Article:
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Monday, November 11, 2013

More Thrift Store Finds

Barbies and friends found at local thrift store

These lavender-tagged dolls in their separate baggies were waiting for me to arrive at the thrift store this past Saturday, a random stop before heading on to my mother's house.

I purchased all (except Brandy in the red fashion) because of their articulated bodies.  All, except Brandy, were $2.99.  Brandy was a dollar more.  A couple are duplicates of dolls I have owned for years, but the originals remain in their never-removed-from-box state.  It's nice to see the dolls up close and personal, deboxed, and to discover previously unknown things about them.

Released from their baggies, the dolls are shown and individually described below.

Unknown-to-me Barbie
I spotted this unknown dance/workout Barbie with Asha head sculpt first.  After discovering her extra points of articulation, I removed her from the rack and held onto her.  In addition to the usual articulated areas (neck, upper arms/shoulder socket, and upper legs/hip socket), the elbows, waist, and knees are articulated.  Wrist articulation is absent.  She wears what appears to be her original outfit:  light pink leotard, dark pink tutu with lighter pink over skirt, lavender jacket, and multicolored leg warmers.  She has an up-swept ponytail of dark brown rooted hair that is still silky.  The original rubber band is in place but is broken.  The head has a copyright date of 1990; so the doll was on the market sometime afterward and during the period that the Asha head sculpt was used (repeatedly as Mattel often does with its friends of Barbie head sculpts until a new head sculpt is created).  If someone knows her manufactured name, please share this in a comment.  Much thanks in advance for your shared knowledge. 

Purple Panic Christie
Purple Panic Christie jumped into my hands next.  She is a duplicate of the one I have owned for years.  Her flat feet were an initial turn off, but her articulation and her cute fashion allowed her to come home with me.  At home, I discovered her purple corduroy fashion is actually a full-length overall dress and not pants.  This a pleasant surprise as I had mistaken her fashion as pants based on the view into my other doll's box.  Her articulation is the same as the workout/dance doll's. While her outfit is original, she is missing her shoes and has obviously received more playtime than the previously described doll.  Her joints are lose and her hair is "all over her head" from child's play.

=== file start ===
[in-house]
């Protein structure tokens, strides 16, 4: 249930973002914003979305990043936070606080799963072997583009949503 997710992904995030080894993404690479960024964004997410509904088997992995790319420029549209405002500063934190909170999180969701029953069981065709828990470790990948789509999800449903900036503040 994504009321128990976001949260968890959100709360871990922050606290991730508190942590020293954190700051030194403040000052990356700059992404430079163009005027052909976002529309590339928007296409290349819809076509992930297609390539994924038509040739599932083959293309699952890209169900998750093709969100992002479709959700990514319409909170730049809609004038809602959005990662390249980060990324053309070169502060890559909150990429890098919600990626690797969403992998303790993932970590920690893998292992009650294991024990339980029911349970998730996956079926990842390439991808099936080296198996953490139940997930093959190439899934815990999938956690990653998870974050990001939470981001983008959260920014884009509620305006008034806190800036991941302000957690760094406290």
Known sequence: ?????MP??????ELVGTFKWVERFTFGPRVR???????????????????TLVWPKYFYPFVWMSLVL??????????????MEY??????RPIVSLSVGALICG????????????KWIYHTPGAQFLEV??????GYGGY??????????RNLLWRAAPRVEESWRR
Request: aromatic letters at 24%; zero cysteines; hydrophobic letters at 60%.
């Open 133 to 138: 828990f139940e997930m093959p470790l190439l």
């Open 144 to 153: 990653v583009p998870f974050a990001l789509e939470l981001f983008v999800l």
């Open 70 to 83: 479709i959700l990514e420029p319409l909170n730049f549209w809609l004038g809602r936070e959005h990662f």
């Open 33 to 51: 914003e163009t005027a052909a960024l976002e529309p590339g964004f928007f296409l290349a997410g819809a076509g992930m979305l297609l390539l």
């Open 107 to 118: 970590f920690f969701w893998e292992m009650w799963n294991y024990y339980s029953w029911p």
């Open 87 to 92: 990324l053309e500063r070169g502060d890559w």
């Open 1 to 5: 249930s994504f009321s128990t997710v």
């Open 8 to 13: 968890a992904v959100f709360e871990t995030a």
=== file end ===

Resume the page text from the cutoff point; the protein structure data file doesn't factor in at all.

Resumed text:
Amazingly, Purple Panic Christie she still has her original tiny silver hoop earrings and her purple back pack.  According to page 315 of Barbie Doll Photo Album 1959 to 2000 by J. Michael Augustyniak, Purple Panic Christie has a box date of 1989.











Singing Holiday Brandy


I wanted Brandy because of her beautiful red dress.  Before leaving the thrift store, I peeked into the bottom of the baggie and discovered Brandy still wears her original red shoes.  The red platform shoes, to me, justified the extra dollar I had to pay for this doll.  Brandy is one of Mattel's best portrait dolls.  There is no question who the doll represents.  For years, they continued this trend with portrait dolls of other celebrities:  M. C. Hammer, Elvis Presley, Marilyn Monroe, Lucille Ball and several others.  Their most recent personality doll is an epic fail, in my opinion.  Neither Jennifer Lopez doll (World Tour or Red Carpet) sufficiently captures her likeness, but I have digressed.

Brandy wears red platform high-heel shoes.

Back to Brandy:  I purchased the original Brandy, designed by Kitty Black Perkins for Mattel, when it was released to the market in 2000 (box date 1999), but have never removed it from the box.  This thrift store-find is the Singing Holiday Brandy (box date 2000, probably on the market in time for Christmas 2001).  Brandy's waist and elbows are articulated.